What is Ground Rent?
In simple terms, a ground rent is a contractual rental payment for the occupation of the land on which a property sits. It is usually paid annually by the owners (or tenants) of residential properties let under a long lease to their landlord and the tenant does not receive any services in return for the payment of ground rent.
Landlords have therefore benefitted from an annual income from the payment of ground rent by their tenants, with many landlords, particularly developers and investors, realising the potential future revenue streams from the strategic use of ground rents. Many took the opportunity to increase ground rents when negotiating non-statutory lease extensions and new leases were often granted to include provision for the ground rent to be increased on a more frequent basis and at a higher rate (even doubling at times). It was not unusual to see a ground rent being reviewed every 5 to 10 years.
The impact of such substantial ground rent increases meant these properties were being adversely affected on valuation. Consider a £250 ground rent doubling every 10 years over the course of a 125 year lease – within 50 years the ground rent would rise to £8000 and by 100 years this would rise to £256,000.
Solicitors started to warn purchasers off buying properties with such excessive ground rents and lenders began to refuse mortgages for such properties. As demonstrated above, excessive ground rents can significantly affect the value and saleability of the property and unless the tenant is a qualifying tenant able to force an extension of the lease under the Leasehold Reform Housing and Urban Development Act 1993, which in itself can be an expensive process, they are powerless to change the contractual terms of the lease as the landlords were simply not obliged to agree to a variation of the ground rent provisions.
Following many years of campaigning, there has been a recent charge in the law effected by the Leasehold Reform (Ground Rent) Act 2022 which puts an end to ground rents for most new long residential leasehold properties in England and Wales. The Act came into force on 30th June 2022 and is intended to make home ownership fairer and more transparent for millions of future leaseholders.
In essence, the Act means that the ground rent included in a new regulated residential long lease where a premium is paid may not exceed more than one peppercorn per year.
The Act defines a peppercorn rent for the first time as ‘an annual rent of one peppercorn’ – a historical throwback to when a landlord would accept a peppercorn for his grinder in lieu of money. In practice, peppercorn rents are not collected (unless of course the landlord is short of seasoning!)
What is a Regulated Lease?
You will have seen the peppercorn ground rent is only required in regulated new leases. Non-regulated leases and excepted leases are excluded from the provisions of the Act.
Generally, a lease will be regulated by the Act where:
- It is granted on or after 30 June 2022
- It is a long lease (exceeding 21 years) for a single dwelling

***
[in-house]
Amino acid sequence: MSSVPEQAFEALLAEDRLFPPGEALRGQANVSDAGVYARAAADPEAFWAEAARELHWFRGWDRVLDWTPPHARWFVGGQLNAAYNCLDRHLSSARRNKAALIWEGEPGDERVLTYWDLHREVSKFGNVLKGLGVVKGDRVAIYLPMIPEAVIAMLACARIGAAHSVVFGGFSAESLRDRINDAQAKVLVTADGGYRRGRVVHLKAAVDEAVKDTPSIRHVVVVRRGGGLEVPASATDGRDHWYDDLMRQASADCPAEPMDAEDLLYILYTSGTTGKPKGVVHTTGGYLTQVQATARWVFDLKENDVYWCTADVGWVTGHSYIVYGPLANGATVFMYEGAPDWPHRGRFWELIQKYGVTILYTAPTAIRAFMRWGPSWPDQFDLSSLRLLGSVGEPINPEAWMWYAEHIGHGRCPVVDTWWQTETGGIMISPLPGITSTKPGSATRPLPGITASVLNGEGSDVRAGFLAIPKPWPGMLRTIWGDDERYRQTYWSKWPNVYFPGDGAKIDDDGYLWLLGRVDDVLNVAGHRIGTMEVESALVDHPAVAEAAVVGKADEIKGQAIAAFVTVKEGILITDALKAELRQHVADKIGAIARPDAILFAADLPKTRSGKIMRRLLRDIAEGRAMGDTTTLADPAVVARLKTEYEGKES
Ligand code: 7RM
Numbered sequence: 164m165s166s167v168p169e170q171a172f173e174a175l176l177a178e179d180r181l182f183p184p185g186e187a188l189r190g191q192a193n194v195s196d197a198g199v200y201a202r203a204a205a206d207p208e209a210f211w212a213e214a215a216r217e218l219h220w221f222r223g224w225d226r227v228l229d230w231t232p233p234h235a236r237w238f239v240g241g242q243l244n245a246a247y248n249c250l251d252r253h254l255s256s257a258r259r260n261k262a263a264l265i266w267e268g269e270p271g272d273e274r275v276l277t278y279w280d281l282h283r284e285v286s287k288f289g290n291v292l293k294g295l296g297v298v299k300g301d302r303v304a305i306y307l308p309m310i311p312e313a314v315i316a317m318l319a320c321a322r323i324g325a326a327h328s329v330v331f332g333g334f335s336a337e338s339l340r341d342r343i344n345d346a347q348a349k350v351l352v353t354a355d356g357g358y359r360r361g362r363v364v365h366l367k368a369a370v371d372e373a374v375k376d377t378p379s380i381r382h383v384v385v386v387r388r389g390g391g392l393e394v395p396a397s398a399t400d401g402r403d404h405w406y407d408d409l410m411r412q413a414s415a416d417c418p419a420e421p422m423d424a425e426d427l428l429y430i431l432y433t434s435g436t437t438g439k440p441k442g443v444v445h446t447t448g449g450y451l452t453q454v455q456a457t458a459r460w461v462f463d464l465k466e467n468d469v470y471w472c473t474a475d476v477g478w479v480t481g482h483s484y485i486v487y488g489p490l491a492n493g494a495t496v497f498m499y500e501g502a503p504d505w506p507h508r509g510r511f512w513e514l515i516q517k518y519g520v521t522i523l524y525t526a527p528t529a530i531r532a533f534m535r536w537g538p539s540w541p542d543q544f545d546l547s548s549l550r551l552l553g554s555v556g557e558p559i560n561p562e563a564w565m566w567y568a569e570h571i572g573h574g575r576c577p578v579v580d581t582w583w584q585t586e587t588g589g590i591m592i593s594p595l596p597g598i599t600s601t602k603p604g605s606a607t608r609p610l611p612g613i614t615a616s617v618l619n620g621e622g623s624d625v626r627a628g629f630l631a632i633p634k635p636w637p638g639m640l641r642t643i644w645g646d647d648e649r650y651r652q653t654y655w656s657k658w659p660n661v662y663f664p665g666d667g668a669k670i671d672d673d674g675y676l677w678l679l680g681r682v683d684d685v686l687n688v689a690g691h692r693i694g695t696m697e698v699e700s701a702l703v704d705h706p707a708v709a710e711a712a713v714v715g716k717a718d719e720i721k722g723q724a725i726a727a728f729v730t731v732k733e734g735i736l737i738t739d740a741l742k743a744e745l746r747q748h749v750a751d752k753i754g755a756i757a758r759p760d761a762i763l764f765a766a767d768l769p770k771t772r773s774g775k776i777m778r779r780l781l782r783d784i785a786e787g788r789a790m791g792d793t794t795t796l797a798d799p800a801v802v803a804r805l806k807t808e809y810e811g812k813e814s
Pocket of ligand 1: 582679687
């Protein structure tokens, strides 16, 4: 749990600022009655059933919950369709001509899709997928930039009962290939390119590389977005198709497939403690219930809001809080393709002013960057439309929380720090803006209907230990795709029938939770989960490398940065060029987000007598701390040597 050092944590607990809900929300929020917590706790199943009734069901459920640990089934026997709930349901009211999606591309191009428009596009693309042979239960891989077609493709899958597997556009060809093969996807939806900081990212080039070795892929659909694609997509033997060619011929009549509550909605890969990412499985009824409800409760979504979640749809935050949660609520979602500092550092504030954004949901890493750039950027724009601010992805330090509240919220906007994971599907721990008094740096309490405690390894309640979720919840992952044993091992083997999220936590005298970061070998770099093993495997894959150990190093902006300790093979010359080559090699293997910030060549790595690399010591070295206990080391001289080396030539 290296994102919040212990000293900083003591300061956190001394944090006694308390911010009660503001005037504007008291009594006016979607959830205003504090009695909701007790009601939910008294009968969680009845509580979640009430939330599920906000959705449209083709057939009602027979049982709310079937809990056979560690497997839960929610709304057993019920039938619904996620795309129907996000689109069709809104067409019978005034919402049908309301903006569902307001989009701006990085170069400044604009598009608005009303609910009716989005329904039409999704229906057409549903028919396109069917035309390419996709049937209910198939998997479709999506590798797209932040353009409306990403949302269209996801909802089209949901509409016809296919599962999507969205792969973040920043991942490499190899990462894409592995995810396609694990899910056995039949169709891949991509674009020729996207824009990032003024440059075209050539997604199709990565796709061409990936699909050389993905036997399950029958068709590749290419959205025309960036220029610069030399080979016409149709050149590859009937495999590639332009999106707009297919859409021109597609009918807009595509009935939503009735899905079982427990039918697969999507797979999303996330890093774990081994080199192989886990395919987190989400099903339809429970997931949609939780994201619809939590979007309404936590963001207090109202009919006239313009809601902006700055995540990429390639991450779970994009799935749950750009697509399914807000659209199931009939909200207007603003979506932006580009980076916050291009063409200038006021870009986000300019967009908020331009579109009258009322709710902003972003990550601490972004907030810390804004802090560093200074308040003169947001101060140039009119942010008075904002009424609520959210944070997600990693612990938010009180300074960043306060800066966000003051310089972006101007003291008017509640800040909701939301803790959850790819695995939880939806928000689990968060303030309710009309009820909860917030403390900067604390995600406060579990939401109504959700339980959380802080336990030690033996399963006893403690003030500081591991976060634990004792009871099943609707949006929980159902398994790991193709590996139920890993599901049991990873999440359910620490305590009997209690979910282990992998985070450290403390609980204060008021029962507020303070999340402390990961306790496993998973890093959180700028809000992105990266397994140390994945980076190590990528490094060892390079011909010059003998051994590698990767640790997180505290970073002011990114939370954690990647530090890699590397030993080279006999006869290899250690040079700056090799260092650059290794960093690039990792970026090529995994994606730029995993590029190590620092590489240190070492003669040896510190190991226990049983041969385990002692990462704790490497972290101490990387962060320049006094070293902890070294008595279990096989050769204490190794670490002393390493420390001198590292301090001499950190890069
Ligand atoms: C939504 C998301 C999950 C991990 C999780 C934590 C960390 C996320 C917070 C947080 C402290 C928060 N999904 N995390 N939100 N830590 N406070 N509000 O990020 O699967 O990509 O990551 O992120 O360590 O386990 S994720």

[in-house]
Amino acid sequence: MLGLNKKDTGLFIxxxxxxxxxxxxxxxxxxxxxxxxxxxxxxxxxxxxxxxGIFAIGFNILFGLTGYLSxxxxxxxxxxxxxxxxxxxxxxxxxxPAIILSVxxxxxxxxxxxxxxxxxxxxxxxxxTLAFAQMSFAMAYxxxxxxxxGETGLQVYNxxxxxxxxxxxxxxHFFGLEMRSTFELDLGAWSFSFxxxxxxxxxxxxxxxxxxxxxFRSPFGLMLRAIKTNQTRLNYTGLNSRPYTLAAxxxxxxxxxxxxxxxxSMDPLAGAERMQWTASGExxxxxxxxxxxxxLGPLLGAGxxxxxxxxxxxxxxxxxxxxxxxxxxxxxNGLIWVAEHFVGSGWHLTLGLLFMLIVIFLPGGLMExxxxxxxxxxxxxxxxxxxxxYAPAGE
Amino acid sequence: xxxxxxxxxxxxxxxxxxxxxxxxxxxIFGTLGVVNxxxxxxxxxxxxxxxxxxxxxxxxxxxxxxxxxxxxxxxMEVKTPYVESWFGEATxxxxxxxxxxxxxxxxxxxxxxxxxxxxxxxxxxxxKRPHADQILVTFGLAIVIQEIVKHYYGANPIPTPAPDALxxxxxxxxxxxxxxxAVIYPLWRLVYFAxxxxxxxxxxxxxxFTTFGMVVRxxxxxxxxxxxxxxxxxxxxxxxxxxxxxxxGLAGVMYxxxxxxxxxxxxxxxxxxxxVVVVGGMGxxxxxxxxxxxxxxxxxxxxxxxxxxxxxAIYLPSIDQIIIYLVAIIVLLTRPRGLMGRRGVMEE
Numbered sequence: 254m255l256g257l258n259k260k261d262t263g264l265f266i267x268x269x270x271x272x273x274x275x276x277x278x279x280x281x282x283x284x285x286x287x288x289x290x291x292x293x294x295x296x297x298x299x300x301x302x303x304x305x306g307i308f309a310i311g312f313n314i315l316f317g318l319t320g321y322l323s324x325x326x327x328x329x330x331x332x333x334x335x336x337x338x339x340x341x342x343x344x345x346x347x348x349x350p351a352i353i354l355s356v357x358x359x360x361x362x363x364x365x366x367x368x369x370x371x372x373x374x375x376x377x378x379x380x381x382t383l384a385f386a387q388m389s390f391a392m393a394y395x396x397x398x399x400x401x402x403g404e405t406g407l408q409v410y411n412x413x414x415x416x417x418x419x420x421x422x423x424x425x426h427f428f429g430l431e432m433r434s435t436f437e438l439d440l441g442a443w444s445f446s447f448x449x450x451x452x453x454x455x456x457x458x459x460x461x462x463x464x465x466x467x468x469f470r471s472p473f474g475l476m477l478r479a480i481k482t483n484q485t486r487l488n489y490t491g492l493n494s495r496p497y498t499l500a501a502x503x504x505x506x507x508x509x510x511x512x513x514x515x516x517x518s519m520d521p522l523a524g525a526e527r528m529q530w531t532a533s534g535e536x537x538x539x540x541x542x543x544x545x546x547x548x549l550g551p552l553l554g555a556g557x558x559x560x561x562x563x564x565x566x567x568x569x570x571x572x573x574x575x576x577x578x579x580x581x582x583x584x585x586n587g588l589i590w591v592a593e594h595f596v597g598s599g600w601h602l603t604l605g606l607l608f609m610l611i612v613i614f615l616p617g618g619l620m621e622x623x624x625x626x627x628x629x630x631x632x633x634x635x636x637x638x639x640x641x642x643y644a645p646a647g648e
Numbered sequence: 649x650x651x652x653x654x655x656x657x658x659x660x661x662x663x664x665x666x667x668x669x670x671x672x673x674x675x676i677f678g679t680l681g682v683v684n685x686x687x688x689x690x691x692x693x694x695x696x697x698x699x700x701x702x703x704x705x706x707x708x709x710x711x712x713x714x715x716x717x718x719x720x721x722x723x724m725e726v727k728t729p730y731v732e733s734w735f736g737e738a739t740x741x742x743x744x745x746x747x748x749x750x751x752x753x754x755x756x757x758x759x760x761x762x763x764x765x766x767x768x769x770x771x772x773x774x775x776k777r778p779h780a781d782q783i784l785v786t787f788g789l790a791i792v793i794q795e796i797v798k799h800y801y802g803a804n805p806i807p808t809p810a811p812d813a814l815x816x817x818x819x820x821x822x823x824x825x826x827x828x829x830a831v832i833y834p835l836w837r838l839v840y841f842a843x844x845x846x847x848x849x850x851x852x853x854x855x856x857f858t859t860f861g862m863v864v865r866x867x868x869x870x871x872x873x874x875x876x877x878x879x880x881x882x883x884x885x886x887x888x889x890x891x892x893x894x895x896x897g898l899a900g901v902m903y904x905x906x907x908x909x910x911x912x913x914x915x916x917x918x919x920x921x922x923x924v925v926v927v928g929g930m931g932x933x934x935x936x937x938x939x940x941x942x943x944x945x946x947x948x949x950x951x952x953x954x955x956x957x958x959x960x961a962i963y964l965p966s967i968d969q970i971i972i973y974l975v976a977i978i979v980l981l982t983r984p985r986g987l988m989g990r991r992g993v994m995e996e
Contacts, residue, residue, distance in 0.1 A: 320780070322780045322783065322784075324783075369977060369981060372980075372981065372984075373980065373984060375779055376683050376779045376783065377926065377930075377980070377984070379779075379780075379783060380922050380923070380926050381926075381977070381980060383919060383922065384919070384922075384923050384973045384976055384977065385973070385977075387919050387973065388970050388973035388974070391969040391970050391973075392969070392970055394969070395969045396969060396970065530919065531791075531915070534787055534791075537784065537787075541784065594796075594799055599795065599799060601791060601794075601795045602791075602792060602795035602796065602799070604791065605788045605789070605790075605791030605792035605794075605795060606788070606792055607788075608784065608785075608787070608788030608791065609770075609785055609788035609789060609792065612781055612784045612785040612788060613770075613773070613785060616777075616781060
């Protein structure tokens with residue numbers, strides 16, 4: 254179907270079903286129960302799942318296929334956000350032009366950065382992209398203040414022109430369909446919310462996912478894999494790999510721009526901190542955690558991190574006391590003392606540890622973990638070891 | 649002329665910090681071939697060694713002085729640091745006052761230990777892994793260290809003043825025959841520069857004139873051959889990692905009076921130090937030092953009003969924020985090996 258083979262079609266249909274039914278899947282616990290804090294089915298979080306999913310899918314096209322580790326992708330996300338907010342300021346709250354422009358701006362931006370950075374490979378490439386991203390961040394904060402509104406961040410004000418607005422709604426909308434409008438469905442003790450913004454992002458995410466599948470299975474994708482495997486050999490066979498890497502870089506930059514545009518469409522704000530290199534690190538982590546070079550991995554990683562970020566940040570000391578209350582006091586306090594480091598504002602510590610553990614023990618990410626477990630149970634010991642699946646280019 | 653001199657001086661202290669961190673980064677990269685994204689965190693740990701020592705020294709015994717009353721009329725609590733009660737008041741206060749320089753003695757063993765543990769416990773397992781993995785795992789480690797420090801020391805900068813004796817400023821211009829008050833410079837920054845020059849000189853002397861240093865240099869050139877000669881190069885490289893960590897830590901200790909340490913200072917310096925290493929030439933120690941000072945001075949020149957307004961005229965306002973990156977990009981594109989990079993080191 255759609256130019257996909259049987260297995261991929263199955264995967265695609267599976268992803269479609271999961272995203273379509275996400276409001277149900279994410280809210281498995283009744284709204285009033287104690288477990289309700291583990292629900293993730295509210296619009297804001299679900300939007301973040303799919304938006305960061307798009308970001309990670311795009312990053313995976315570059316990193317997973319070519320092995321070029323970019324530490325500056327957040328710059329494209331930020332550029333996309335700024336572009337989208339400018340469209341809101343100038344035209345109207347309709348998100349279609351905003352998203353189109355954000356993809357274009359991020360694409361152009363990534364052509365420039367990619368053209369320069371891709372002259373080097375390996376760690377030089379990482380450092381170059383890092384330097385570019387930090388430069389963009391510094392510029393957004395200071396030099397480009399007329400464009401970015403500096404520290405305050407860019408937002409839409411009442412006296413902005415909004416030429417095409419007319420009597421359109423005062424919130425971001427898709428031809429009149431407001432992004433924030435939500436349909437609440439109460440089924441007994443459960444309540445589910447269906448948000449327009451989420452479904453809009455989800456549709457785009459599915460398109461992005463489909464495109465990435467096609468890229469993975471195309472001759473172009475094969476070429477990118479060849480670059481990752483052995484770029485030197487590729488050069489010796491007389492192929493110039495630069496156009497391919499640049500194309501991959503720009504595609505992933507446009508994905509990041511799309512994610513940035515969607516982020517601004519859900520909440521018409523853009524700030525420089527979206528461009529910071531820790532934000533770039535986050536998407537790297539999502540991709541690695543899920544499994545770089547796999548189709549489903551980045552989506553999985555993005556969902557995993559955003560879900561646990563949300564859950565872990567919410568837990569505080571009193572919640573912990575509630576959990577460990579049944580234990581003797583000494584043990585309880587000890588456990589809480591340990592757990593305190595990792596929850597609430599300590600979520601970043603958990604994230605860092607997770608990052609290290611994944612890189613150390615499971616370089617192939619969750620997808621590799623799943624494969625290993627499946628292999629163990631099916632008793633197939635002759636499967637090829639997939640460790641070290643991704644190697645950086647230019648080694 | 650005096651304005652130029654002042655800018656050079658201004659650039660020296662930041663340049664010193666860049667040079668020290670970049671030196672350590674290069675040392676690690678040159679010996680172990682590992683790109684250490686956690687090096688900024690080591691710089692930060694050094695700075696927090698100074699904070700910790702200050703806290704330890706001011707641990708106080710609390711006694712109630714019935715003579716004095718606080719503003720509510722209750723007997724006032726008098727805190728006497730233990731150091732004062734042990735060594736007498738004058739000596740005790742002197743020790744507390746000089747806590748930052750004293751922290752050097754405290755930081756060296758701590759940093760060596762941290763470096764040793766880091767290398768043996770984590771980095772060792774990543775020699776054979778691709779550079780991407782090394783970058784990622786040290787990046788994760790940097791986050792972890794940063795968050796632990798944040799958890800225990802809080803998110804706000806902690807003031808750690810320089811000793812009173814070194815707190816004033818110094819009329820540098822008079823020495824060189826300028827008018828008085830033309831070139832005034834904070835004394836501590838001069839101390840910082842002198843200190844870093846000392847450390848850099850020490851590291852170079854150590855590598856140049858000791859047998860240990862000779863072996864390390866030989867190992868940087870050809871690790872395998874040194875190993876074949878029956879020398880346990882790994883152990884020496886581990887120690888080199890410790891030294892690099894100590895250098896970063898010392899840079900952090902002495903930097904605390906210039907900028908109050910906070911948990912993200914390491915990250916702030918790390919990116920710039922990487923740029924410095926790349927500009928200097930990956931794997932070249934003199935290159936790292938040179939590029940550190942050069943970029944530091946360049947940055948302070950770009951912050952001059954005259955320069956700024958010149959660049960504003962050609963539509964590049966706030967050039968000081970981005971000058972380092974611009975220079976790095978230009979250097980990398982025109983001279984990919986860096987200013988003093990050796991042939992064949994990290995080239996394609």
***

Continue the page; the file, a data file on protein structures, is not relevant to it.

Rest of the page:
- It was granted for a premium (a premium is usually known as the “purchase price”), this also includes where a lease has been changed (referred to as ‘varied’) by a ‘deemed surrender and regrant’ and no premium was required
- It is not an excepted lease, see below
When does the Act not apply?
The Act will not apply where:
- A lease is not a regulated lease
- Buyers and sellers enter into a legally binding contract (i.e. exchange of contracts) for the grant of a lease (other than an option or right of first refusal) before 30 June 2022, even if the lease itself is granted after 30 June 2022
- Leases are for of community-led housing, certain financial products, and business leases
- Voluntary or non-statutory lease extensions, which can retain the existing level of ground rent for the remainder of the original lease period
- In a shared ownership lease, where rent is payable on the landlord’s owned share and the peppercorn rent limit applies to the leaseholder’s owned share
Once again, these trail behind and there is a transition period that applies to regulated leases of retirement homes, which means the Act will not come into force for these leases any earlier than 1 April 2023.
Does this solve the problem?
The change in the law helps control ground rent for new leases but fails to address the problem with existing leases that already include excessive ground rents. The owners of these properties will continue to face ground rents that affect their ability to sell and mortgage their properties. For those tenants, options are limited, but we suggest a tenant could: -
- If a qualifying tenant, exercise the right to extend the lease to add 90 years to the existing lease term with ground rent automatically reducing to a peppercorn. A premium will be payable, and this is based on a formula set out in the Leasehold Reform Housing and Urban Development Act 1993
- Negotiate a Deed of Variation with the landlord to reduce the ground rent to a peppercorn. A premium will no doubt be required by way of consideration if the landlord is minded to agree – it is worth noting, he is not obliged to do so
At Clifton Ingram our solicitors can advise you on all aspects of buying a leasehold property. We are a proactive and down-to-earth team of highly experienced solicitors, bringing a high quality and professional service to your local area. We regularly advise clients in Wokingham, Reading and Farnham and across all of Berkshire, Surrey and Hampshire.